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Daniel Ricciardo’s Montreal upgrade hinged on ‘self-therapy’ — not Jacques Villeneuve

There was a point towards the end of last year when there was a genuine feeling that Daniel Ricciardo was lining up to take Sergio Pérez’s Formula One seat at Red Bull for 2025.

Ricciardo made clear upon his mid-season return to the grid with AlphaTauri (now RB) that getting back in the Red Bull, the same seat he vacated back in 2018, was his ultimate target. As Pérez struggled through the second half of the season, suggestions of that happening only grew.

But, Ricciardo did very little to press his case in the early part of 2024. He frequently trailing teammate Yuki Tsunoda and, besides his run to P4 in the Miami sprint qualifying and race, had not delivered a points finish ahead of Canada and sat 14th in the driver standings. Meanwhile, Pérez performed well enough to secure a contract extension through 2026, ending Ricciardo’s hopes of moving up anytime in the near future.

Off the back of Pérez’s confirmation, Ricciardo acknowledged he had to “hold myself probably accountable for not doing anything too spectacular” this season. “When you’re trying to fight for a top seat, you need to be doing some pretty awesome things,” he said.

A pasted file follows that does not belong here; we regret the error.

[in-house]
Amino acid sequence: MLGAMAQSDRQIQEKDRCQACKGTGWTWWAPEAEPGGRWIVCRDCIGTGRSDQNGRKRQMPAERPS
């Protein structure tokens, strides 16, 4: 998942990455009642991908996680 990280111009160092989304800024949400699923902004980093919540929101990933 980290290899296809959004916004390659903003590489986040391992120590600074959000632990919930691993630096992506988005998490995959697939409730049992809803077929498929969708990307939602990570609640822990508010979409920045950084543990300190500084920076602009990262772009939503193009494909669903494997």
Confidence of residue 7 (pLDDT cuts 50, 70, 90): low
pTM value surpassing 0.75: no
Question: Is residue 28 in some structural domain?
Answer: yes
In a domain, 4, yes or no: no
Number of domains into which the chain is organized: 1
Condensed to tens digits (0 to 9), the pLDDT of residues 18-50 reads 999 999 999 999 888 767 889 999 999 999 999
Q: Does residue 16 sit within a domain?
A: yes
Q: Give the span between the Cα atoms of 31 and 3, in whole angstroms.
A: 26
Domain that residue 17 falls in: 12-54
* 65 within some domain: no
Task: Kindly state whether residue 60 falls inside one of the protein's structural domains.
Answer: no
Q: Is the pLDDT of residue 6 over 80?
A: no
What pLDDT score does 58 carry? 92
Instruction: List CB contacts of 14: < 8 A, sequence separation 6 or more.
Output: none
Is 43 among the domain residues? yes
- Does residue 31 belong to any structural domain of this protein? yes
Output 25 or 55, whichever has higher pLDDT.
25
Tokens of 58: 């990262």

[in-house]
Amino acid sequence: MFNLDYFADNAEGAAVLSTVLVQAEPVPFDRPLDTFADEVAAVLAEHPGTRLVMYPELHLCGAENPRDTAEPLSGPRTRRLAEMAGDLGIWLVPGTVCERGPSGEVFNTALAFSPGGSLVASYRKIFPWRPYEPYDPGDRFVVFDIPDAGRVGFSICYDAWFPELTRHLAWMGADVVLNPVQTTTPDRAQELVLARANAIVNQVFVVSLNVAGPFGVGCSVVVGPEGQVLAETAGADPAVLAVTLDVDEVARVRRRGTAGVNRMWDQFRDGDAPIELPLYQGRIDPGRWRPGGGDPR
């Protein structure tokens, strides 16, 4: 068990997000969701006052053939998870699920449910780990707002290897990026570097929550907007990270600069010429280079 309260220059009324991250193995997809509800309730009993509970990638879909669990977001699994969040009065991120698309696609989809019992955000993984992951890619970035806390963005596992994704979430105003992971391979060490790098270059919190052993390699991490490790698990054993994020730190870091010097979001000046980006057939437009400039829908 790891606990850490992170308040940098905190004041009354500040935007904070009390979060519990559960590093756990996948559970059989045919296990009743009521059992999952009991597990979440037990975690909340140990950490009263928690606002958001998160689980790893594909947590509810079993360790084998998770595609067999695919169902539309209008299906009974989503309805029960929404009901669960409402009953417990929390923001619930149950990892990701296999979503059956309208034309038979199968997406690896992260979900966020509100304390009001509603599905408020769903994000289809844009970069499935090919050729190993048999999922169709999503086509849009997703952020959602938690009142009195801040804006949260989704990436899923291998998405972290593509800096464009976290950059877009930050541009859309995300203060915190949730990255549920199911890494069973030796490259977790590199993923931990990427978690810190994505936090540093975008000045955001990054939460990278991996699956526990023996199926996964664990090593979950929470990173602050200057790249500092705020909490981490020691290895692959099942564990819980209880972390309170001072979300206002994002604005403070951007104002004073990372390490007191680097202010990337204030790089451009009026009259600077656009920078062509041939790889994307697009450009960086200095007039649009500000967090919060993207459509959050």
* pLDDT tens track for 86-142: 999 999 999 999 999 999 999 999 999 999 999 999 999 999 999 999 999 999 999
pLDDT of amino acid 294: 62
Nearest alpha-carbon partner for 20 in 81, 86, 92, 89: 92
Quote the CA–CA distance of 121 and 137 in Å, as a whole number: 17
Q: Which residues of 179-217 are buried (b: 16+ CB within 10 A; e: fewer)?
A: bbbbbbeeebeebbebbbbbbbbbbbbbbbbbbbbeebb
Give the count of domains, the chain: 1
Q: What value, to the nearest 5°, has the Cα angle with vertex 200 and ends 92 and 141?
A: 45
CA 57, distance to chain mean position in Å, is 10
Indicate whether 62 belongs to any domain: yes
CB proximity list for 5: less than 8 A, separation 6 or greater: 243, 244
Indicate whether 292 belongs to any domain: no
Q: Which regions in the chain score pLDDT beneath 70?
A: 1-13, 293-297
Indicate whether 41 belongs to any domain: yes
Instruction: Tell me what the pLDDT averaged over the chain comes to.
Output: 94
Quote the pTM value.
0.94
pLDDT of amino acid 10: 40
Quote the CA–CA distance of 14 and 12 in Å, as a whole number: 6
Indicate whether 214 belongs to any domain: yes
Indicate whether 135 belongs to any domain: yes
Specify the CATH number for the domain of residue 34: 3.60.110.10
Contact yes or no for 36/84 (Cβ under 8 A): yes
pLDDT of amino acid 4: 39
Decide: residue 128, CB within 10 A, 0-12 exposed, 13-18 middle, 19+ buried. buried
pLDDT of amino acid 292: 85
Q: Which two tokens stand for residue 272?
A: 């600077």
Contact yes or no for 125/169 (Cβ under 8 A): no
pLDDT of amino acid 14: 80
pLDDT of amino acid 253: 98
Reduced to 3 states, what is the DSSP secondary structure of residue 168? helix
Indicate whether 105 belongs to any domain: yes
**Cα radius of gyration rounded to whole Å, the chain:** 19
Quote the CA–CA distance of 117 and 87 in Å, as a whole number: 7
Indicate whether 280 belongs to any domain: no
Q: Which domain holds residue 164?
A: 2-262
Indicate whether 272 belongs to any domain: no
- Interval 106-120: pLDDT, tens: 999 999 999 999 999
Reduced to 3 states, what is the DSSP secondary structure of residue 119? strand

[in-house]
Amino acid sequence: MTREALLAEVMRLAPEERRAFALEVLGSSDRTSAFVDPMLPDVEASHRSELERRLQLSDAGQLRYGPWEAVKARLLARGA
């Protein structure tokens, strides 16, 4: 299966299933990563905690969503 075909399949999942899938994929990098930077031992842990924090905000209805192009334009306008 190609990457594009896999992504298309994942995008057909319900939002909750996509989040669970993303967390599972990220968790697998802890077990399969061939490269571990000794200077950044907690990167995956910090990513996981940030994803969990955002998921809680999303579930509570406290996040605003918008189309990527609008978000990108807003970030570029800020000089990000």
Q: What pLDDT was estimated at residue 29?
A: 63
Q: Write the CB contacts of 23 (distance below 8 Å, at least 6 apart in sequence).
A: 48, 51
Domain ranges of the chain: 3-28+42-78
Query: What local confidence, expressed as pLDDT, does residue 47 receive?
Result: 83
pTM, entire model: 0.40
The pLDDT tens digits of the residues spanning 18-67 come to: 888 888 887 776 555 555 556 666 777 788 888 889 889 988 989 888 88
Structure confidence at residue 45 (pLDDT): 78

By the Canadian Grand Prix, Ricciardo’s tough start to the season had changed his aim from fighting for a top seat to fighting for his current seat.

No one went further in questioning Ricciardo’s future than Jacques Villeneuve, the 1997 F1 world champion who was part of Sky Sports’ broadcast team for his home race in Montreal.

“Why is he still here?” Villeneuve said of Ricciardo, asking why he continued to struggle with his cars and declaring that “his image has kept him in F1 more than his actual results.” A brutal takedown, one that quickly went viral given how rare it is for a pundit to be so outspoken on an English-language F1 broadcast.

Villeneuve was harsh — perhaps too harsh — but few would dispute the element of truth in what he said. Ricciardo has been clear throughout this year he knows he’s not been doing a good enough job, and has plenty more performance to find.

Just 24 hours later, he found it. In tricky, windy conditions, Ricciardo not only made it through to Q3 for just the second time this season, but he stuck his RB car fifth on the grid, within two-tenths of pole position. Perfect timing, particularly off the back of Tsunoda’s confirmation at RB for 2025 only 90 minutes earlier.

It meant Ricciardo entered the media pen after qualifying with some of his old swagger and sparkle. He knew the questions that were about to come, that Villeneuve’s name would come up. Ricciardo hadn’t fully listened to what had been said about him, he said, only that he “heard he’s been talking s—.”

“But he always does,” Ricciardo continued. “I think he’s hit his head a few too many times, I don’t know if he plays ice hockey or something. But yeah. Anyway. I won’t give him the time of day.” Then came a “but…” and a lean in close to the microphones: “All those people can suck it! I want to say more, but it’s alright. We’ll leave him behind.”